(Scientific American) During heavy rains and wind, butterflies are rarely seen. Not only does rain pose a direct threat of injury or death, but the cool air associated with storms may also reduce temperatures below the thermal threshold for butterfly flight.
If the South Bend monarch pictured above leaves on September 26 and travels 50-100 miles per day, and if the weather is clear and calm for the trip, it could arrive in San Marcos within 12-24 days. However, if the weather is rainy and windy, our monarch will have to take cover and wait it out. With the heavy rain and wind in September/October, it could easily take the monarch 30 days or more to arrive in San Marcos. So, yes, the monarchs in the photos above could be “two sides of the same coin” - it is possible they could be the same butterfly!
The summer monarchs of northern Indiana are making a comeback. Where milkweed has been planted and is being allowed to flourish, monarch numbers have increased. Where monarch sightings had once become rare, they are becoming commonplace again. The importance of repopulating native milkweed in the Northern US and across the Midwest cannot be overemphasized. It is obviously helping these beautiful, amazing insects.
Can we point to it as a factor in the 2018 migration that we are seeing here in Hays County? This enthusiastic Master Naturalist says, “YES!” I am optimistic we are on the right path. It seems that concerned citizens are joining with nature lovers across the nation in strategic efforts to improve habitat for monarchs. This is good news!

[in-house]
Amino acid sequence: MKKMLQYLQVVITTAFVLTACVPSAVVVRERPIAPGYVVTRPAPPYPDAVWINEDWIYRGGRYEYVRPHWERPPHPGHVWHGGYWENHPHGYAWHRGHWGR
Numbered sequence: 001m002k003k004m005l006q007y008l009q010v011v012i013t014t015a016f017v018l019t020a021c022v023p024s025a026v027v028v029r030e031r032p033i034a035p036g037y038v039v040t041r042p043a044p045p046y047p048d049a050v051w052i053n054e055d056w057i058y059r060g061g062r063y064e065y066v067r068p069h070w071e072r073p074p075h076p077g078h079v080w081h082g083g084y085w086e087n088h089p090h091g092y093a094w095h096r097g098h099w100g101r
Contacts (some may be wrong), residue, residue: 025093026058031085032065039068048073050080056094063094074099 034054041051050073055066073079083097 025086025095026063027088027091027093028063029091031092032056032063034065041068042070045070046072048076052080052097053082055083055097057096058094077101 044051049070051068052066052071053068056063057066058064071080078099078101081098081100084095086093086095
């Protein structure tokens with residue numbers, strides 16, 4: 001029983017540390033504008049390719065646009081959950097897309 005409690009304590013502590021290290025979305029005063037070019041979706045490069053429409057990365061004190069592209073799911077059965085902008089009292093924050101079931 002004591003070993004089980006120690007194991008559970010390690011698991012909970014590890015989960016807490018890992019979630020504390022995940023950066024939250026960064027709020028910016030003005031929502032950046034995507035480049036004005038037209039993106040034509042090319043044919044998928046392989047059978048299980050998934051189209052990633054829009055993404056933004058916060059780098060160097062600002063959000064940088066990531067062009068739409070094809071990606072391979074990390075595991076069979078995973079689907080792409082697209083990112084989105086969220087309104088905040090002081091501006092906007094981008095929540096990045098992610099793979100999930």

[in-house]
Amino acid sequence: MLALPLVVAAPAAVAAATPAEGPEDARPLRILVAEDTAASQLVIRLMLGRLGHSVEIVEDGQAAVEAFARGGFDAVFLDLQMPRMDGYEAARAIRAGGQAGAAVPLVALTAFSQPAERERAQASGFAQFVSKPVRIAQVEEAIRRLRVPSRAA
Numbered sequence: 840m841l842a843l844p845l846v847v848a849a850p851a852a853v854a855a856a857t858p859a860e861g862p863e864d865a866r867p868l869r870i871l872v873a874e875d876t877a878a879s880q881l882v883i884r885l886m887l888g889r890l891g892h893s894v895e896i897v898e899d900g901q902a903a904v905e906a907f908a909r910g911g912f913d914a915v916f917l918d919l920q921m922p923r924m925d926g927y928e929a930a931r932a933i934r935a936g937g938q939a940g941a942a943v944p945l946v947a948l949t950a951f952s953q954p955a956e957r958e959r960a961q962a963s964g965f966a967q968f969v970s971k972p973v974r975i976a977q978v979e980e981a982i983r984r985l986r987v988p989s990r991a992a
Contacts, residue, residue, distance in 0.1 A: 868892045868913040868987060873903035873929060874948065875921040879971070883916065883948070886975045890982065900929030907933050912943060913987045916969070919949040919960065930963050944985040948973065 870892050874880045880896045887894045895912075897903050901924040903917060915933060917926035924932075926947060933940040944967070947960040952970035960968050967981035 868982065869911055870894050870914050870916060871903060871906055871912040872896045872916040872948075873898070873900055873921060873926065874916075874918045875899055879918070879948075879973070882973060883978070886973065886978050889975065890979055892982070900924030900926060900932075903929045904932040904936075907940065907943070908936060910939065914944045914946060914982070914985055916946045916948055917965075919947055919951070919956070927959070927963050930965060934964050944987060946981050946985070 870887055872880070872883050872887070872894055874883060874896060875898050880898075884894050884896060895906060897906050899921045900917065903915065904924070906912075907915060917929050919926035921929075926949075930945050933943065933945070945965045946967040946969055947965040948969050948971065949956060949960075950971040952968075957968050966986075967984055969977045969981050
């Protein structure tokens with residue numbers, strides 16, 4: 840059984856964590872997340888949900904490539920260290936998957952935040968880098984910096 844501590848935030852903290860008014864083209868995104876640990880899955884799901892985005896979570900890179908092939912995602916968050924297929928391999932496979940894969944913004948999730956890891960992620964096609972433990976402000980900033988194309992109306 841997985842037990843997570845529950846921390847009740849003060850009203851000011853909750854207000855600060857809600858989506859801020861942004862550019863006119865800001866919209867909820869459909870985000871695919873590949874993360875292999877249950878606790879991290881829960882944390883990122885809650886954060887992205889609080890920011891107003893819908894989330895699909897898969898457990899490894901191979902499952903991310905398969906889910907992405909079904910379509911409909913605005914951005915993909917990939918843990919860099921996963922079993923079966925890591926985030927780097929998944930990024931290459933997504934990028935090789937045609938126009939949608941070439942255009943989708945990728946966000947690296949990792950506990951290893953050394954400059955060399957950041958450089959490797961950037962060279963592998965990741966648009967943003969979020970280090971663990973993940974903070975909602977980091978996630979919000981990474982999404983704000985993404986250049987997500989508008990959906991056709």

Can more be done? Definitely! The promotion of native landscapes and the deliberate addition of fall pollinator plants is another step in assisting the migrating butterflies, as well as for all wildlife and the ecosystem in general. Organizations such as Monarch Watch, Native Plant Societies, and our own Texas Master Naturalists are impacting the efforts to save these beautiful butterflies through outreach, education, and milkweed restoration.
On November 3, Jacob’s Well Natural Area will host a free family event from 11:00-12:00 to uncover and celebrate the Mystery of the Monarchs
HCMN Melinda Seib is leading the event. She will be supported by Quincy Kennedy, Park Specialist – Education & Outreach with the Hays County Parks Department, along with other HCMNs and monarch experts from the community.
If you have kiddos that would enjoy this special outing, please bring them to learn about the Monarch’s 5th generation return to Mexico and to join in the fun and activities planned for this Monarch Marathon.
Article and photos by Betsy Cross with special thanks to Tim Liddell for use of his photos.
¹After writing this article, I was searching for additional information on the migration and ran across a reference about the male to female ratio. Interestingly, it confirmed my observation, stating that during the breeding season, the ratio of males to females is the same, but during the migration, the ratio is skewed toward males, adding that fewer than 30 percent of the migrating monarchs are females. This would be very close to my observed 4:1 ratio of males to females. I was relieved to read this, as I was slightly worried that there might not be enough females, but apparently, this is a known fact and quite normal.